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Diplopoda
Millipedes are a group of arthropods that are characterised by having two pairs of jointed legs on most body segments; they are known scientifically as the class Diplopoda, the name derived from this feature. Each double-legged segment is a result of two single segments fused together. Most millipedes have very elongated cylindrical or flattened bodies with more than 20 segments, while pill millipedes are shorter and can roll into a tight ball. Although the name "millipede" derives from the Latin for "thousand feet", no species was known to have 1,000 or more until the discovery of ''Eumillipes persephone'', which can have over 1,300 legs. There are approximately 12,000 named species classified into 16 orders and around 140 families, making Diplopoda the largest class of myriapods, an arthropod group which also includes centipedes and other multi-legged creatures. Most millipedes are slow-moving detritivores, eating decaying leaves and other dead plant matter. Some eat fungi or ...
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Millipede
Millipedes are a group of arthropods that are characterised by having two pairs of jointed legs on most body segments; they are known scientifically as the class Diplopoda, the name derived from this feature. Each double-legged segment is a result of two single segments fused together. Most millipedes have very elongated cylindrical or flattened bodies with more than 20 segments, while pill millipedes are shorter and can roll into a tight ball. Although the name "millipede" derives from the Latin for "thousand feet", no species was known to have 1,000 or more until the discovery of ''Eumillipes persephone'', which can have over 1,300 legs. There are approximately 12,000 named species classified into 16 orders and around 140 families, making Diplopoda the largest class of myriapods, an arthropod group which also includes centipedes and other multi-legged creatures. Most millipedes are slow-moving detritivores, eating decaying leaves and other dead plant matter. Some eat fungi or ...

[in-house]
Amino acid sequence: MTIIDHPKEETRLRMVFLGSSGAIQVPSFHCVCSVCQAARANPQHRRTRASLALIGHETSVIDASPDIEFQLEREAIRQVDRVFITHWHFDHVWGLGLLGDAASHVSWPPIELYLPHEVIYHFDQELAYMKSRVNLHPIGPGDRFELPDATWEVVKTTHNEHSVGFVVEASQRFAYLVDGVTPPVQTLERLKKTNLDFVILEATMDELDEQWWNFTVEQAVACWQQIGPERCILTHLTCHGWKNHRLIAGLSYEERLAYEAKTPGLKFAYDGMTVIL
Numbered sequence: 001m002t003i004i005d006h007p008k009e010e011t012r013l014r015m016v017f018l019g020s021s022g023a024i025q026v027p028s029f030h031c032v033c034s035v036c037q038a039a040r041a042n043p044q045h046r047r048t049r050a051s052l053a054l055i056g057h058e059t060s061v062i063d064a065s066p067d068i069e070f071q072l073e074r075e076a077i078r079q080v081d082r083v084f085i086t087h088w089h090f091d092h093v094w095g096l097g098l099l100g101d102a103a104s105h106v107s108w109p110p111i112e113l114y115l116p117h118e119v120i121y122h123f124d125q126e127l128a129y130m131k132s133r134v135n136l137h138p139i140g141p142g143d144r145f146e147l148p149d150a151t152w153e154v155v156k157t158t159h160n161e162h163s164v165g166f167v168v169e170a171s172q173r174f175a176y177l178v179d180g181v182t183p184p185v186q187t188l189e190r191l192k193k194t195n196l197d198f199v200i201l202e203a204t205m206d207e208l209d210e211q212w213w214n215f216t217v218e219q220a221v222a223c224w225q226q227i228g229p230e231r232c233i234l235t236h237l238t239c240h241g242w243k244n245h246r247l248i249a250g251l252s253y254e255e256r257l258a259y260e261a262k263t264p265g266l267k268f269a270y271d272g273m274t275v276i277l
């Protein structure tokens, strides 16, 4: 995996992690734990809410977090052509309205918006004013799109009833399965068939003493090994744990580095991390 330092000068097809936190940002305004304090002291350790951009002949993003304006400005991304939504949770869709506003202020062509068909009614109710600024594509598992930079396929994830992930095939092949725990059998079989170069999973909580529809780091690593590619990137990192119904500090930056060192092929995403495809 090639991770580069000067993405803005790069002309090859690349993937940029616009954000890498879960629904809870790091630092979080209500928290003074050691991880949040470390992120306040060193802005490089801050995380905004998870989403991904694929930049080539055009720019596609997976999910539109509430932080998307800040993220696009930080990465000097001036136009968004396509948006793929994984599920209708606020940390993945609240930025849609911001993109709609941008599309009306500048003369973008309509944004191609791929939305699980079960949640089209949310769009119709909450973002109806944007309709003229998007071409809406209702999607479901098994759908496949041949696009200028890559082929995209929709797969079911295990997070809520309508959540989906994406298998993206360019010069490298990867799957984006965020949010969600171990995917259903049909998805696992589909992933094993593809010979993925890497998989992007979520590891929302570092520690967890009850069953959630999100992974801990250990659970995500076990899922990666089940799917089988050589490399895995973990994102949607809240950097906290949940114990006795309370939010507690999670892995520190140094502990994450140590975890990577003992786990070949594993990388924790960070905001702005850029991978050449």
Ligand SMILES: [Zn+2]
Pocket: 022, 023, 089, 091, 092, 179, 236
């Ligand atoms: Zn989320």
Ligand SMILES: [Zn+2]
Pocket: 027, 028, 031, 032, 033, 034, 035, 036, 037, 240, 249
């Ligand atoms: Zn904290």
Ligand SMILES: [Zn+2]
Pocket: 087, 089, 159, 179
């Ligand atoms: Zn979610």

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Millipede
Millipedes are a group of arthropods that are characterised by having two pairs of jointed legs on most body segments; they are known scientifically as the class Diplopoda, the name derived from this feature. Each double-legged segment is a result of two single segments fused together. Most millipedes have very elongated cylindrical or flattened bodies with more than 20 segments, while pill millipedes are shorter and can roll into a tight ball. Although the name "millipede" derives from the Latin for "thousand feet", no species was known to have 1,000 or more until the discovery of ''Eumillipes persephone'', which can have over 1,300 legs. There are approximately 12,000 named species classified into 16 orders and around 140 families, making Diplopoda the largest class of myriapods, an arthropod group which also includes centipedes and other multi-legged creatures. Most millipedes are slow-moving detritivores, eating decaying leaves and other dead plant matter. Some eat fungi or ...